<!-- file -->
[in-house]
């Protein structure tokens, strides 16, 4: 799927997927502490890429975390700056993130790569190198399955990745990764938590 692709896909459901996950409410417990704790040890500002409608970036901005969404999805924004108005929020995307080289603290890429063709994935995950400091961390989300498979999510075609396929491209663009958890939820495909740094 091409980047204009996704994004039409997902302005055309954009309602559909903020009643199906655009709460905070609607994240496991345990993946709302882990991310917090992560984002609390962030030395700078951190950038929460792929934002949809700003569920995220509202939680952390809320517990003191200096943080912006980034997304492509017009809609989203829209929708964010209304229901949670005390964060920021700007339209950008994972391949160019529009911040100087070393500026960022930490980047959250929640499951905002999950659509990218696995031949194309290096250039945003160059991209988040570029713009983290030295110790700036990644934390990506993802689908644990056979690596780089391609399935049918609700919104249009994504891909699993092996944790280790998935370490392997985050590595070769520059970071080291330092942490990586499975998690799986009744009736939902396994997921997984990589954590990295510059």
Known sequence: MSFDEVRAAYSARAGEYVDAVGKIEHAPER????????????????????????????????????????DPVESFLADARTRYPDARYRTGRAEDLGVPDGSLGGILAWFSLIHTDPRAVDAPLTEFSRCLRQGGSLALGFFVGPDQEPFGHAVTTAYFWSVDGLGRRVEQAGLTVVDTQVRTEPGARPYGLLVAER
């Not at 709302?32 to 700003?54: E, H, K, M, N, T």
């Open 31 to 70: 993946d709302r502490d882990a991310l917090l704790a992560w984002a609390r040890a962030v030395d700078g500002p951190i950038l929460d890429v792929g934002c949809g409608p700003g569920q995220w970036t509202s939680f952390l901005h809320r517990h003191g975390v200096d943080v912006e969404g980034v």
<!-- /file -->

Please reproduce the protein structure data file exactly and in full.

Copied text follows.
[in-house]
């Protein structure tokens, strides 16, 4: 799927997927502490890429975390700056993130790569190198399955990745990764938590 692709896909459901996950409410417990704790040890500002409608970036901005969404999805924004108005929020995307080289603290890429063709994935995950400091961390989300498979999510075609396929491209663009958890939820495909740094 091409980047204009996704994004039409997902302005055309954009309602559909903020009643199906655009709460905070609607994240496991345990993946709302882990991310917090992560984002609390962030030395700078951190950038929460792929934002949809700003569920995220509202939680952390809320517990003191200096943080912006980034997304492509017009809609989203829209929708964010209304229901949670005390964060920021700007339209950008994972391949160019529009911040100087070393500026960022930490980047959250929640499951905002999950659509990218696995031949194309290096250039945003160059991209988040570029713009983290030295110790700036990644934390990506993802689908644990056979690596780089391609399935049918609700919104249009994504891909699993092996944790280790998935370490392997985050590595070769520059970071080291330092942490990586499975998690799986009744009736939902396994997921997984990589954590990295510059």
Known sequence: MSFDEVRAAYSARAGEYVDAVGKIEHAPER????????????????????????????????????????DPVESFLADARTRYPDARYRTGRAEDLGVPDGSLGGILAWFSLIHTDPRAVDAPLTEFSRCLRQGGSLALGFFVGPDQEPFGHAVTTAYFWSVDGLGRRVEQAGLTVVDTQVRTEPGARPYGLLVAER
């Not at 709302?32 to 700003?54: E, H, K, M, N, T």
């Open 31 to 70: 993946d709302r502490d882990a991310l917090l704790a992560w984002a609390r040890a962030v030395d700078g500002p951190i950038l929460d890429v792929g934002c949809g409608p700003g569920q995220w970036t509202s939680f952390l901005h809320r517990h003191g975390v200096d943080v912006e969404g980034v």